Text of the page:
Should I Wash My Hair Everyday If I Have Seborrheic Dermatitis?

Seborrheic dermatitis is a condition which can make hair look oily and flaky, but should you wash it as much as possible?

The answer, annoyingly, is that it depends.

What does it depend on? Well, there are a lot of variables with seborrheic dermatitis! Let’s look at some of them; have a think about what applies to you.

  1. Your hair

    Whether it’s thick, straight, fine, curly, long or short will make a difference to how often it needs washing. Washing your hair over-frequently can strip the natural oils from the skin and lead to more problems, so it's important to strike a balance.

    TIP: go with what works for you, not what the side of a bottle suggests!

  2. Your skin

    Some people's skin is more sensitive to the kind of ingredients in shampoo that can irritate or damage your scalp. Sulphates, perfumes, preservatives, dyes and other ingredients can act as irritants and trigger a flare-up, and are best avoided.

    TIP: switch to a natural, SLS-free shampoo and take the frequency down a notch.

  3. Your shampoo

    If you’re washing with a prescribed medicated shampoo that is tackling the yeast infection associated with seborrheic dermatitis then you will be asked to wash your hair daily at first, to prevent a regrowth of yeast. Unfortunately these shampoos can themselves irritate the scalp, and perpetuate the cycle of itchiness and damage.

    TIP: if you’re trying to combat a yeast infection but the shampoo you’ve been prescribed is making things worse, try an oil treatment (see below) instead. 

  4. Your triggers

    Seborrheic dermatitis has various triggers, as well as yeast infections on the scalp! It could be stress, hormones, your toiletries, even the weather that is causing a flare-up! Washing your hair frequently won't make a difference to your scalp if it's being aggravated by another product or environmental triggers.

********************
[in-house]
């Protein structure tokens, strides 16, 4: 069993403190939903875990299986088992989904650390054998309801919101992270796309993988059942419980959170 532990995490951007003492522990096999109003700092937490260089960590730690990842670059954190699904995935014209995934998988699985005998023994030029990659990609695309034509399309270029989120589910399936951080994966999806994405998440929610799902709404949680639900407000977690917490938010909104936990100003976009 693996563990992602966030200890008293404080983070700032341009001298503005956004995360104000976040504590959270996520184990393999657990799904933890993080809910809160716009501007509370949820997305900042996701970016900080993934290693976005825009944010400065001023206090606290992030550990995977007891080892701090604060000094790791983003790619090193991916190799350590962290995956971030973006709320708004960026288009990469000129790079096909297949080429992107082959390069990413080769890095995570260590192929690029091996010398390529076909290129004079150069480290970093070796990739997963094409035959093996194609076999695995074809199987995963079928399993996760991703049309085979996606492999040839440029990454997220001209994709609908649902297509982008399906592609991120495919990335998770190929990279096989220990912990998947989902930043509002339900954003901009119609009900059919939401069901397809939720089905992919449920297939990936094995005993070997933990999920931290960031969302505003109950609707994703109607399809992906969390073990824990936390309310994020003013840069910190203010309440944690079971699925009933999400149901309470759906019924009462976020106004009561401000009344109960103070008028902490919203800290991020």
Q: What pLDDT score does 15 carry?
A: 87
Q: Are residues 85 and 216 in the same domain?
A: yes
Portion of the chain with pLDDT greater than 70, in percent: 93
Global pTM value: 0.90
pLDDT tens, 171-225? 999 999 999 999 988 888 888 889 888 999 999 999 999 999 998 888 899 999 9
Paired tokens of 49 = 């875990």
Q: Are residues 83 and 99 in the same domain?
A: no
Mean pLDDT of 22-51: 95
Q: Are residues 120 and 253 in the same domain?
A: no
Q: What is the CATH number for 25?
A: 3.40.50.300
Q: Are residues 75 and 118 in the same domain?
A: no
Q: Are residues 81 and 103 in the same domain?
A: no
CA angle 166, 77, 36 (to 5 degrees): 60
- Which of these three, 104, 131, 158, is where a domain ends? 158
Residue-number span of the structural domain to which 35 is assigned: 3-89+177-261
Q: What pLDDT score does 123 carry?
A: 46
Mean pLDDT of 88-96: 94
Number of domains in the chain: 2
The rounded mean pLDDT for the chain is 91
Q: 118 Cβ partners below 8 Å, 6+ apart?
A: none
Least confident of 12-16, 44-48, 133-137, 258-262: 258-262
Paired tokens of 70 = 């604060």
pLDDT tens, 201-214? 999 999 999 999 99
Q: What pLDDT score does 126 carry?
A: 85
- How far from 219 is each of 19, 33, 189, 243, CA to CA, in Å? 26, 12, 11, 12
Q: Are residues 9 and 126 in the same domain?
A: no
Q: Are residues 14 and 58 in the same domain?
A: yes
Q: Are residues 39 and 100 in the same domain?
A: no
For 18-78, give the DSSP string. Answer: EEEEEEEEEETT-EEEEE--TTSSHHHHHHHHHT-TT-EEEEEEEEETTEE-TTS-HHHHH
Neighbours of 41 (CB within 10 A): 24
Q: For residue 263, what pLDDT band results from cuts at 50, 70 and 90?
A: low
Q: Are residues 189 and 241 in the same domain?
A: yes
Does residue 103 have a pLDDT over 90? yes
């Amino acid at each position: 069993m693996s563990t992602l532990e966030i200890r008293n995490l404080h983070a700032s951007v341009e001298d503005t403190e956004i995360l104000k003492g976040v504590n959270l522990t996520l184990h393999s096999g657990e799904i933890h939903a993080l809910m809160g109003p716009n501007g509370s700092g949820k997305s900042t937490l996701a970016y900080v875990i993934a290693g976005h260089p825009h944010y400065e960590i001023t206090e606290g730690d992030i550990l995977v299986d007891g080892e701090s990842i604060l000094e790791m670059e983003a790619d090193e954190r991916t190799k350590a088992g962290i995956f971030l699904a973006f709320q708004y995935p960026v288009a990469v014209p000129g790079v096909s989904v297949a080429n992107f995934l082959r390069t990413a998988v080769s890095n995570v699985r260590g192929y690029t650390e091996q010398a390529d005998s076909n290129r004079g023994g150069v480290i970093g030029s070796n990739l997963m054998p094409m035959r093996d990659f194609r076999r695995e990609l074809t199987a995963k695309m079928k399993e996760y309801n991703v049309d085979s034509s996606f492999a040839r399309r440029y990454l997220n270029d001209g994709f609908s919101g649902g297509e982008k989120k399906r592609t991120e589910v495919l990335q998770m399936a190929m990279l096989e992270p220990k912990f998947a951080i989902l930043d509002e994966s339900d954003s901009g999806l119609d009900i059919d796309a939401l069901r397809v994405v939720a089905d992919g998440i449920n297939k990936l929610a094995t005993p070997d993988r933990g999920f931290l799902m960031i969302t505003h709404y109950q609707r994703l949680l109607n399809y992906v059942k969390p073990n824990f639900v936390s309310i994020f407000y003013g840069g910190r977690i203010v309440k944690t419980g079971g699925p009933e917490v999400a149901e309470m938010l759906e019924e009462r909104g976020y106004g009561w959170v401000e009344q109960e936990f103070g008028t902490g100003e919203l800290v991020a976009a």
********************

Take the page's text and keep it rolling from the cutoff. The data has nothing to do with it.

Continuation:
TIP: identify your triggers first and work on them; it may not be necessary to wash with a medicated shampoo if yeast is not a problem.

To sum up, it’s always worth picking out the regime that works for you, because your skin and your hair won’t need the same treatment as everyone else’s. Generally speaking, hair doesn’t need as much washing as usually thought; a wash every other day, or every few days is usually fine. In some cultures, hair washing is done much less frequently than daily, and other methods of keeping hair clean and fresh are used. So you don’t necessarily need to wash daily, unless you’re following the instructions that go with medicated shampoo.

Recommended products:

Balmonds Natural Shampoo & Body Wash
with calendula & chamomile

Balmonds Scalp Oil
with tea tree, nettle, borage & rosemary

Balmonds Skin Salvation
with hemp and beeswax

Skin Salvation ointment is a good emollient to keep itchy or flaky skin soft and hydrated, and contains nourishing oils to support the skin’s natural cycle of repair and regeneration. It's a good choice for when seborrheic dermatitis flares up around the hairline, on the chin, back and chest.

Leaving Balmonds Scalp Oil on overnight will soften scaly scalps, and give the skin an intensive moisturising treatment. In the morning, you can use a fine tooth comb to remove flakes and then finish off with a natural, fragrance and SLS-free shampoo, such as Balmonds Natural Shampoo & Body Wash.

scalp seborrheic dermatitis

← Older Post Newer Post →


Join to get special offers, free giveaways, and once-in-a-lifetime deals.